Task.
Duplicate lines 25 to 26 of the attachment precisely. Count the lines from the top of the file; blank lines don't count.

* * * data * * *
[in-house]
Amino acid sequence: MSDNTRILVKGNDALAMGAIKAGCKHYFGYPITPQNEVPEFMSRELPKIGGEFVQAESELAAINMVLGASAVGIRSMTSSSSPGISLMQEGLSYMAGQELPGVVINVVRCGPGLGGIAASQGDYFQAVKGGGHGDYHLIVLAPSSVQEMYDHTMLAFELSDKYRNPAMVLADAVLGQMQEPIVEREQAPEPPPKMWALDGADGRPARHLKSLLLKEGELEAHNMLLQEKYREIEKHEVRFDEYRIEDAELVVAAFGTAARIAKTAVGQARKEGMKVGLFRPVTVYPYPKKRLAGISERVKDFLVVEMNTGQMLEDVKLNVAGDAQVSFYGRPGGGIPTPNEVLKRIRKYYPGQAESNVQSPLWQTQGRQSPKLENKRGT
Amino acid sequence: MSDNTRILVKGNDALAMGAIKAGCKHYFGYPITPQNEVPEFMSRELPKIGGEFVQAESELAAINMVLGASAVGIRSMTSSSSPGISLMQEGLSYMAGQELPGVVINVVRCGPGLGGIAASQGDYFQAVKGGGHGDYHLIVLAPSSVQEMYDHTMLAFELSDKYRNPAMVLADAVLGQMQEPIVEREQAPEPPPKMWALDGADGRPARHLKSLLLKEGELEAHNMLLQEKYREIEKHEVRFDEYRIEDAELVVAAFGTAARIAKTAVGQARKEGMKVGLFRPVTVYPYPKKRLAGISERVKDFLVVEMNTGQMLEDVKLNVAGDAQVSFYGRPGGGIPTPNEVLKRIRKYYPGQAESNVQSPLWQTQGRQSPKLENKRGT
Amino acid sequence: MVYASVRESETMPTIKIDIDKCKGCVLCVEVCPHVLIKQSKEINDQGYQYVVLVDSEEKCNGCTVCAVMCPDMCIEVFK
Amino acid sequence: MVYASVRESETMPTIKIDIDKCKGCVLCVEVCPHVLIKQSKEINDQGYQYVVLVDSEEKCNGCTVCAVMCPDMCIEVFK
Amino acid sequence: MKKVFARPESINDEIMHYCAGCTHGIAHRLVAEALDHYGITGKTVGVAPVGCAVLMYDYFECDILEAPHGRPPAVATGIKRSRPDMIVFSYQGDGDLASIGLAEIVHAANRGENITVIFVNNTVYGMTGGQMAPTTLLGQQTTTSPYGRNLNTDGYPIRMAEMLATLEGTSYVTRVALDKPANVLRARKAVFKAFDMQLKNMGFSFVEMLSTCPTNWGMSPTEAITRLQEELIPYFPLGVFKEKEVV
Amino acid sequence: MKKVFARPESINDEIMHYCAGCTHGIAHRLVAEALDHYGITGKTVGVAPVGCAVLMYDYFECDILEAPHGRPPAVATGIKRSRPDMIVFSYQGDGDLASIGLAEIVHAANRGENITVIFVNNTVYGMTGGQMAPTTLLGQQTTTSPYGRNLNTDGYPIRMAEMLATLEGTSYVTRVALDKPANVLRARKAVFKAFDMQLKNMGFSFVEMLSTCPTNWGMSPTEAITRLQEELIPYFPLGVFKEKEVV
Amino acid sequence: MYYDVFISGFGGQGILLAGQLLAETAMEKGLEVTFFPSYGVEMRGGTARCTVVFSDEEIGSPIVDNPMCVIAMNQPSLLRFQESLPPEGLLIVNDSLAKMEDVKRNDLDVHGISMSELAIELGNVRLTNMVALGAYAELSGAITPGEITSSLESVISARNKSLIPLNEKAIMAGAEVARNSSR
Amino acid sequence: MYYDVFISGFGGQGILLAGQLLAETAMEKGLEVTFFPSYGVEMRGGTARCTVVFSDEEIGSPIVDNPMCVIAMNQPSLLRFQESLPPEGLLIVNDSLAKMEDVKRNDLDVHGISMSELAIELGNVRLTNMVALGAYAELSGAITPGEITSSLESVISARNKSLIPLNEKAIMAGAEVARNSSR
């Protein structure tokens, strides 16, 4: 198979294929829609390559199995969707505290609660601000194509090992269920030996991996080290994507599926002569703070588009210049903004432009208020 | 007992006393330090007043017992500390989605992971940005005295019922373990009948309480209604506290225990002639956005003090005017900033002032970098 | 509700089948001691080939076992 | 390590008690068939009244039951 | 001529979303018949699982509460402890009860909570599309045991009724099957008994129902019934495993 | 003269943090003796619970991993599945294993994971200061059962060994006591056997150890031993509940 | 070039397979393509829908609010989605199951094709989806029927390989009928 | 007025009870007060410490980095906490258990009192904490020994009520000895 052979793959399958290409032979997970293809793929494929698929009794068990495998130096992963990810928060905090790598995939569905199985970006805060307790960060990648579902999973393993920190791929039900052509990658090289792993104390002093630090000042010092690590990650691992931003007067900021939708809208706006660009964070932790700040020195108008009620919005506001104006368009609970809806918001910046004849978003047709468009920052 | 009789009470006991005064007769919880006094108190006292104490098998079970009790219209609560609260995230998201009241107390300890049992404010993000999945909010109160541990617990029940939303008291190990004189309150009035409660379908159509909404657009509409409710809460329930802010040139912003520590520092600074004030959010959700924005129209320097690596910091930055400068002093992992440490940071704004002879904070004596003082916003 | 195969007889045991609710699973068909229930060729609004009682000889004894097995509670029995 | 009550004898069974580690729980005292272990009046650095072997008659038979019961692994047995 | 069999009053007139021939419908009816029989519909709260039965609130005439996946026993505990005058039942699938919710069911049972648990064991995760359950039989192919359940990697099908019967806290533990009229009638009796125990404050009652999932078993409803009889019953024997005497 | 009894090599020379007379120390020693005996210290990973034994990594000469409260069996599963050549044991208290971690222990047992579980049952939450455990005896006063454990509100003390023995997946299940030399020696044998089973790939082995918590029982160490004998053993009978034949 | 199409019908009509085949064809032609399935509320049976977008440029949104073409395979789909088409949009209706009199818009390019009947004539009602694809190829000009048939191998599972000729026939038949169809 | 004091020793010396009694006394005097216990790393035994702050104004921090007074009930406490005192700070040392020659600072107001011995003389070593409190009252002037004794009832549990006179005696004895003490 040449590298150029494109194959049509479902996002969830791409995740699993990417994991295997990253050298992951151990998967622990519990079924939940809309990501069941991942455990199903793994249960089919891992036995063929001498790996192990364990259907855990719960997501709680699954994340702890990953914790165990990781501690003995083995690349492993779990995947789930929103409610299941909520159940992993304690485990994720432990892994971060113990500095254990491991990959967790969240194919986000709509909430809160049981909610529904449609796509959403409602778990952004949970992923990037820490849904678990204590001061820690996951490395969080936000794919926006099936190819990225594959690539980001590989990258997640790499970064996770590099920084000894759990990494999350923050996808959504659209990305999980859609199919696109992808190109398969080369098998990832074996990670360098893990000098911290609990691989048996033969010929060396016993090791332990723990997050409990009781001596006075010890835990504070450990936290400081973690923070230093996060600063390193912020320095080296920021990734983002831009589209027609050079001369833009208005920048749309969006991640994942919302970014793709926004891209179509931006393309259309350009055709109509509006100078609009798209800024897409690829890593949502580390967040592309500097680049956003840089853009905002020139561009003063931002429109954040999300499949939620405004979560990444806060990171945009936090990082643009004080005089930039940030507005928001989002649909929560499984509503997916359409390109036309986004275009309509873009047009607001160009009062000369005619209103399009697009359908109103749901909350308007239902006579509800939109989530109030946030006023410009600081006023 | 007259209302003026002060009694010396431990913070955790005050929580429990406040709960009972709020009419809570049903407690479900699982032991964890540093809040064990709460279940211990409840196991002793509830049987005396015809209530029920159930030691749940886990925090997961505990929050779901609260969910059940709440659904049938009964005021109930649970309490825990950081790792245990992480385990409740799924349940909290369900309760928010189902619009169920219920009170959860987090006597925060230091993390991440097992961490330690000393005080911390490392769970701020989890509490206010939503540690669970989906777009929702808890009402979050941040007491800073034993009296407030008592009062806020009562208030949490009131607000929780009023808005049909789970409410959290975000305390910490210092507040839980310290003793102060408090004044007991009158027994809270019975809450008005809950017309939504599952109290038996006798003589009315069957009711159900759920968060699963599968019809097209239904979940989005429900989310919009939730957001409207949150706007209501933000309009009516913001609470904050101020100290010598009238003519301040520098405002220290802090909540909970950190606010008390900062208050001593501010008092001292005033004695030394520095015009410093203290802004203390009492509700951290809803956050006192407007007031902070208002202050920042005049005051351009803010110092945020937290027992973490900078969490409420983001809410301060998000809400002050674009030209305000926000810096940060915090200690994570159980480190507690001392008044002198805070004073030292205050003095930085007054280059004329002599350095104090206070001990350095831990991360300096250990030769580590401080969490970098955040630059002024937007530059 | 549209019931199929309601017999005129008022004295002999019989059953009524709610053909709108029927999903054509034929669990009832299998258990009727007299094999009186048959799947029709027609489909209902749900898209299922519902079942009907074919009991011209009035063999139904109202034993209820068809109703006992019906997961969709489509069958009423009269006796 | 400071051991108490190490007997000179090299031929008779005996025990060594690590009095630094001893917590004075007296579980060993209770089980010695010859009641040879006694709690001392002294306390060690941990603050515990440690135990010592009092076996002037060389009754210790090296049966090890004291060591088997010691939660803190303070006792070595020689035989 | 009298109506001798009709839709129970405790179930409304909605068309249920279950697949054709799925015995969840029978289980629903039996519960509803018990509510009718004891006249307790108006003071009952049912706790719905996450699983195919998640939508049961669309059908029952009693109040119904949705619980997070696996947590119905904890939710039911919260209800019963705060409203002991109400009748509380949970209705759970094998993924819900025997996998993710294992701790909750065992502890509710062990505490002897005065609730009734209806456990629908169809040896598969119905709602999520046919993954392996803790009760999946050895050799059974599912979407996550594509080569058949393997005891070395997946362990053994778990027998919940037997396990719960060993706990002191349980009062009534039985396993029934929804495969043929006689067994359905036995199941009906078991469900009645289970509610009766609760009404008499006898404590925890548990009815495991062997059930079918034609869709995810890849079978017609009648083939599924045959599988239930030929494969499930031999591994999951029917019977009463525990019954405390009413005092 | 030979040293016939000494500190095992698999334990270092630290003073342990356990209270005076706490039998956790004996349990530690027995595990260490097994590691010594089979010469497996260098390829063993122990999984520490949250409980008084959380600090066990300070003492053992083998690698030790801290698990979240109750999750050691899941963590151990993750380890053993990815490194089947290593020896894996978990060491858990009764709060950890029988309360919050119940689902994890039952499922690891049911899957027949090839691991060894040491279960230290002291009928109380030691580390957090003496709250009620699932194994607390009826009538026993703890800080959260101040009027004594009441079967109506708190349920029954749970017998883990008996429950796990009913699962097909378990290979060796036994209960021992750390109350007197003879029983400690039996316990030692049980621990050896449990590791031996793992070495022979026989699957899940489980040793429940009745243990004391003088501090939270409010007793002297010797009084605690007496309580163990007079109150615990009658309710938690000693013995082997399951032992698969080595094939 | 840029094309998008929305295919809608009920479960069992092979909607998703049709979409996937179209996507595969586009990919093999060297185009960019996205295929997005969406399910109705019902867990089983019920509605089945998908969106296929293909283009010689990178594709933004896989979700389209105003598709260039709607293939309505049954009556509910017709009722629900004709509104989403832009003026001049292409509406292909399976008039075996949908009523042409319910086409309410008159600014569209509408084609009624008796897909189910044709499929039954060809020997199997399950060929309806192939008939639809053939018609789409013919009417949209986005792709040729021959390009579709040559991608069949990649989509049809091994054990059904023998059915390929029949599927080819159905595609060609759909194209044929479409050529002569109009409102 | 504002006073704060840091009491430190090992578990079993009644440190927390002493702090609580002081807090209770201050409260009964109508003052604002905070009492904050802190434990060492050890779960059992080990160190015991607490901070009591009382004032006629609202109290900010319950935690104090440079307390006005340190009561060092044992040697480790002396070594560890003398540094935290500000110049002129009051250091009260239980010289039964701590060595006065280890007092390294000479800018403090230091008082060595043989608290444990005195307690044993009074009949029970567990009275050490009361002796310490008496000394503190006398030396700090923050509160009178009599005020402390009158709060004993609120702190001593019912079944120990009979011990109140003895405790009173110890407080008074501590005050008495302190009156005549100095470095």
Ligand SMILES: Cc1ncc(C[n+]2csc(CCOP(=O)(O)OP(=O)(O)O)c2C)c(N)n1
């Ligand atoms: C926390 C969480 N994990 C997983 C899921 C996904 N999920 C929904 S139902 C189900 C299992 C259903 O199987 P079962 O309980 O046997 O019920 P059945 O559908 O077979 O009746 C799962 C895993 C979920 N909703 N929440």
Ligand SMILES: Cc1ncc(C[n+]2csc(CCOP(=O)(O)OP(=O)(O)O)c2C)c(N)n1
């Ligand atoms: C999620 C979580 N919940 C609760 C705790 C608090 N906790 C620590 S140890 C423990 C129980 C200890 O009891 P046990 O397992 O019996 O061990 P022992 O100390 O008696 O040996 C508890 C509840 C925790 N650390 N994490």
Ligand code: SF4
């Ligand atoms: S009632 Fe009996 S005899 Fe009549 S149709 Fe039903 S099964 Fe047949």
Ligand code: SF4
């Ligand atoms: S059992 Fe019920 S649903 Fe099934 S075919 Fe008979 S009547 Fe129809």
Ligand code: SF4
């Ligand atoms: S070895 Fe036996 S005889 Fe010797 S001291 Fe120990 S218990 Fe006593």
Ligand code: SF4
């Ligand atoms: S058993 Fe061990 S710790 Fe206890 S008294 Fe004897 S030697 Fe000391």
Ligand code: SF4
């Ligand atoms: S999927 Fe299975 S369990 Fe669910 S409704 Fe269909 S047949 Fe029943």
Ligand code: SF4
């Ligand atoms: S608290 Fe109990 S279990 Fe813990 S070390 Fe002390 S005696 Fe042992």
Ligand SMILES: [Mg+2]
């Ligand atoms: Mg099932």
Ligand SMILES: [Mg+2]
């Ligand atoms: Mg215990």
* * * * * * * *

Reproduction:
Ligand code: SF4
């Ligand atoms: S608290 Fe109990 S279990 Fe813990 S070390 Fe002390 S005696 Fe042992």